Search form


Home > Lesson Planning Channel > Lesson Planning Archives > Waffenschmidt Archive > Where is Mrs. Waffenschmidt?



Did Your Students Find the Answers Online?

Did your students find the answers to Where in the World Is Mrs. Waffenschmidt online? That's just what teacher Deb Canton's sixth-grade students did!

Education World is a site for teachers, not students. But Deb's students, like many others, can make their way around the Internet. One of her students found Mrs. Waffenschmidt's home base on Ed World -- and, in finding it, found all the answers to the weekly activities. Since Education World is a free resource for teachers, we are not at this time equipped to password protect our answer keys.

So what's a teacher to do?

When Deb Canton asked that question, we put on our thinking caps. Maybe one of these ideas will work for you...


...I'm afraid the kids must be on their honor. But there are some things you might do to verify that students "do the work."

For example, you might ask them to identify two or three Internet or book resources they used, and the particular facts they found in those resources. If you use Mrs. Waffenschmidt as a weekly class activity in which students are vying for a prize, you can verify the sources used by the weekly winner(s). Having students provide their resources has the added benefit of teaching them to document sources and copy URLs carefully. Not doing it correctly and neatly could jeopardize the prize.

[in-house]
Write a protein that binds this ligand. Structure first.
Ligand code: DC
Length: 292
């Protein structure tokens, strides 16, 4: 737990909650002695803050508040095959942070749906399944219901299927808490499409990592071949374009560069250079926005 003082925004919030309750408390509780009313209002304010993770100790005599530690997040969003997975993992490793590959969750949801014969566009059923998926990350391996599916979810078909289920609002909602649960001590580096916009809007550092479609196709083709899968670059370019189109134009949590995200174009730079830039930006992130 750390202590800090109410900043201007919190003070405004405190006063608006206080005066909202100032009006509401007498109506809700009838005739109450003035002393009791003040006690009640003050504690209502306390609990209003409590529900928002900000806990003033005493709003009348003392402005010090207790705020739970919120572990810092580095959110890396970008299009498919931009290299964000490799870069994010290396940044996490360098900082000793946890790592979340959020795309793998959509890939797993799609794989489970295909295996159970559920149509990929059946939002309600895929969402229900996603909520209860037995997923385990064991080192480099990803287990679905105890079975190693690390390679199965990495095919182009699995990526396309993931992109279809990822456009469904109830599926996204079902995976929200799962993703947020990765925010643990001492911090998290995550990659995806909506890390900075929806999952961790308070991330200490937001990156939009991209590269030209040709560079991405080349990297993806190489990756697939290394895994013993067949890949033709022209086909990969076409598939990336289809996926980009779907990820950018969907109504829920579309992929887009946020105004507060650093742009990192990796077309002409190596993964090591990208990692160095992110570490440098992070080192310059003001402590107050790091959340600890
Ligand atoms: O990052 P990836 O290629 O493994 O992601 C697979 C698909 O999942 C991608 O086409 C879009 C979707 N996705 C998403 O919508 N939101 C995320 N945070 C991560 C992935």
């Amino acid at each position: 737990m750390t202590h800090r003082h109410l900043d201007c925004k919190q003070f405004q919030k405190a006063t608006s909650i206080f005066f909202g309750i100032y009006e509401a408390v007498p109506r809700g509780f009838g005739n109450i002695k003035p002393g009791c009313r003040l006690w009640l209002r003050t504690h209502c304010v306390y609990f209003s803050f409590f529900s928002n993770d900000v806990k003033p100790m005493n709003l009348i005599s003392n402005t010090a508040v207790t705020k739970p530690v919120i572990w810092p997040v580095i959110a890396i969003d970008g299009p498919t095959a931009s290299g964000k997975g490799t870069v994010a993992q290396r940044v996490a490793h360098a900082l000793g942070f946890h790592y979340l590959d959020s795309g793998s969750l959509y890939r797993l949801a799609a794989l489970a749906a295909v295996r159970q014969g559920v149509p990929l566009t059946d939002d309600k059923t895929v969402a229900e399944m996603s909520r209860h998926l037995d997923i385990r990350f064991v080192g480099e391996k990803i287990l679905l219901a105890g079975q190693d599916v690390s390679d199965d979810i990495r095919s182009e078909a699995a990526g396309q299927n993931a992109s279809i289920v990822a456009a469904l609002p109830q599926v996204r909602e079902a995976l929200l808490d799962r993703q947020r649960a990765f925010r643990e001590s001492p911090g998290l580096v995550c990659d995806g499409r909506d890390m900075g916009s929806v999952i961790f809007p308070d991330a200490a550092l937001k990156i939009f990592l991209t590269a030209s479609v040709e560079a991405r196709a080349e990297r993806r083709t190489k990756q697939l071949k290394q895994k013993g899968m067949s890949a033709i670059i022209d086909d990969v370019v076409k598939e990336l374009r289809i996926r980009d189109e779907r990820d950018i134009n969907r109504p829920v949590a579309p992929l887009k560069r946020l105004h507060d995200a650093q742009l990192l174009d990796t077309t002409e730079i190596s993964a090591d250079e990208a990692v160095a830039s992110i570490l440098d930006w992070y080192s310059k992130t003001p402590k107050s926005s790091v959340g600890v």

Or you might ask students to identify one or two facts about the week's "secret place" that Mrs. W did not share, and have them provide their source(s) for those facts. That way, your students must must pay extra careful attention to the facts that are offered by Mrs. W. Doing this activity will help build comprehension skills too.

With either of the two ideas above, it doesn't really matter if the students know the answers in advance. As a matter of fact, you could even give your students the answers as you hand out the activity. (Ah! Foiled!)

Those are just a couple suggestions. But I'm sure you, or your students, might come up with the perfect activity that will include safeguards that will satisfy you that they're "doing the work."


Article by Gary Hopkins
Education World®
Copyright © Education World